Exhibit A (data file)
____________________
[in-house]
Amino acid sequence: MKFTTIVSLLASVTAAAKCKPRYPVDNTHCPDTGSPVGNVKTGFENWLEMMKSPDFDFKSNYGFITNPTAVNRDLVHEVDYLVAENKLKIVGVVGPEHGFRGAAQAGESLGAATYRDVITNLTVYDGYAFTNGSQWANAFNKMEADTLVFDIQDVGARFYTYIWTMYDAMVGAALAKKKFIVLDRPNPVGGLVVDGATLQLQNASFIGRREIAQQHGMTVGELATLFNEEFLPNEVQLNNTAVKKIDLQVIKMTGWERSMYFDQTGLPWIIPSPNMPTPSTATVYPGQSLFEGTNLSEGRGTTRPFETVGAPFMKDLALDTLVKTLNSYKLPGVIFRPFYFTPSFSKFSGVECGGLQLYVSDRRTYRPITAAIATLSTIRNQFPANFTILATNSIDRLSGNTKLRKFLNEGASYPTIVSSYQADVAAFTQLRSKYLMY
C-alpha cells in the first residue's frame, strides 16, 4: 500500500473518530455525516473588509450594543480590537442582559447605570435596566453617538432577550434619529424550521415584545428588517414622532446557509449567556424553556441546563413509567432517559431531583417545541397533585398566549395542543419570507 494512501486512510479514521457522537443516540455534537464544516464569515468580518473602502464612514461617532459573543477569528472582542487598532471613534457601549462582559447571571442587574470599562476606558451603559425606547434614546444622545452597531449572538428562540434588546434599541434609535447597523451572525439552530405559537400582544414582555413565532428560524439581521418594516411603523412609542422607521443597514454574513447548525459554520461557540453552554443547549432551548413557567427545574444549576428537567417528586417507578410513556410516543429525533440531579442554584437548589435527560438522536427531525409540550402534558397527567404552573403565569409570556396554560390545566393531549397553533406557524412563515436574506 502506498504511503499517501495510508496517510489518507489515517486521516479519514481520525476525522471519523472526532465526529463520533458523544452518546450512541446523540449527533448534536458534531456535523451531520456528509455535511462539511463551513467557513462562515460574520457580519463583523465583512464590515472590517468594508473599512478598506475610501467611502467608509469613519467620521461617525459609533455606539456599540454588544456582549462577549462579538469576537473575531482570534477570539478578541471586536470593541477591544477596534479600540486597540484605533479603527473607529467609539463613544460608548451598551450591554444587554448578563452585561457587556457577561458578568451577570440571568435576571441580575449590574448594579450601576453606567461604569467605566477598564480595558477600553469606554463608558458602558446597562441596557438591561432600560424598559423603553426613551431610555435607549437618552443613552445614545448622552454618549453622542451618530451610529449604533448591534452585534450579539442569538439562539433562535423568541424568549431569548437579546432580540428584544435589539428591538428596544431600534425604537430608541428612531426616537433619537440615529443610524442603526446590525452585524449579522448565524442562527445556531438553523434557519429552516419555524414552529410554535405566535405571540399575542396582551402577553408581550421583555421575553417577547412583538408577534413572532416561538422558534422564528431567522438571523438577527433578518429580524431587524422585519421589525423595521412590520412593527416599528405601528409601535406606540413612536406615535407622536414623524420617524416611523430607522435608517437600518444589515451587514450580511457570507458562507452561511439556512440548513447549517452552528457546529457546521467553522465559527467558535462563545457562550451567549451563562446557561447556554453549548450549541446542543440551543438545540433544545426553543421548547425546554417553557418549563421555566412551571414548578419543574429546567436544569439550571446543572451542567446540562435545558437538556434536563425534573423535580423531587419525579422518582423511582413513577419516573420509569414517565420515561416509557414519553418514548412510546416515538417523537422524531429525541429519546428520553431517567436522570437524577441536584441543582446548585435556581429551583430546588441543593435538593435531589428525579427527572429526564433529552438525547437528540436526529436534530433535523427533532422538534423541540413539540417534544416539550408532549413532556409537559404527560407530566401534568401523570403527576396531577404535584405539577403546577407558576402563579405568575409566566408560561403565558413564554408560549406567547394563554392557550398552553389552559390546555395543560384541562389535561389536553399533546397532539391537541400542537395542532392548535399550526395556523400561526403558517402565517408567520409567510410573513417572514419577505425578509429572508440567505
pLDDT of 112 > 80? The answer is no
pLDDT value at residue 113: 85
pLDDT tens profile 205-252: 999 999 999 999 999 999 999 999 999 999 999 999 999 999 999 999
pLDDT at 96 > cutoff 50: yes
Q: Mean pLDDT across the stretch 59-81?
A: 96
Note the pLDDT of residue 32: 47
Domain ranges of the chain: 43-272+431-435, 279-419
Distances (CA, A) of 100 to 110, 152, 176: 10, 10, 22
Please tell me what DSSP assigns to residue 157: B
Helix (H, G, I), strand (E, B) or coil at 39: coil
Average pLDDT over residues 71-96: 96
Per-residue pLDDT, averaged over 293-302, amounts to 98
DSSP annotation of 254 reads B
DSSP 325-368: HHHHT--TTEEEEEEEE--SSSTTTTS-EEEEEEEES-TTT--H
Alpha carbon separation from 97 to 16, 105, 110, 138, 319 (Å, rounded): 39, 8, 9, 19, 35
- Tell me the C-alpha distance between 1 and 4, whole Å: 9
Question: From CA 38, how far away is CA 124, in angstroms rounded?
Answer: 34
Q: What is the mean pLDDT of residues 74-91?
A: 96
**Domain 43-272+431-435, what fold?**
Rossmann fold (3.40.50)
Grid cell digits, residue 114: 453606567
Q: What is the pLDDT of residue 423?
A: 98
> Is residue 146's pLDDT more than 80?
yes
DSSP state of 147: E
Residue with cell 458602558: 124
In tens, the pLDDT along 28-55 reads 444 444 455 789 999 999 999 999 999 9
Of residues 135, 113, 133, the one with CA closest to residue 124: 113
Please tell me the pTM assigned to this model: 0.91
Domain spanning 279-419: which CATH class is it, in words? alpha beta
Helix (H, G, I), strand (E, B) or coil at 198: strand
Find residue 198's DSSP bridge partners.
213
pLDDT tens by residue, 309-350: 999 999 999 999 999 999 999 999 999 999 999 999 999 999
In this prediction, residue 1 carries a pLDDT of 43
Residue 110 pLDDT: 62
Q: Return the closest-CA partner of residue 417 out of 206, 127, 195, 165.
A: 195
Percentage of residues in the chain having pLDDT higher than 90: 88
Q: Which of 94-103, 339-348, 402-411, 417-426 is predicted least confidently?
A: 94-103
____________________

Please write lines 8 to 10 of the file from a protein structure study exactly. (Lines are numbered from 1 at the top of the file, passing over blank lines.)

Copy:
Q: Mean pLDDT across the stretch 59-81?
A: 96
Note the pLDDT of residue 32: 47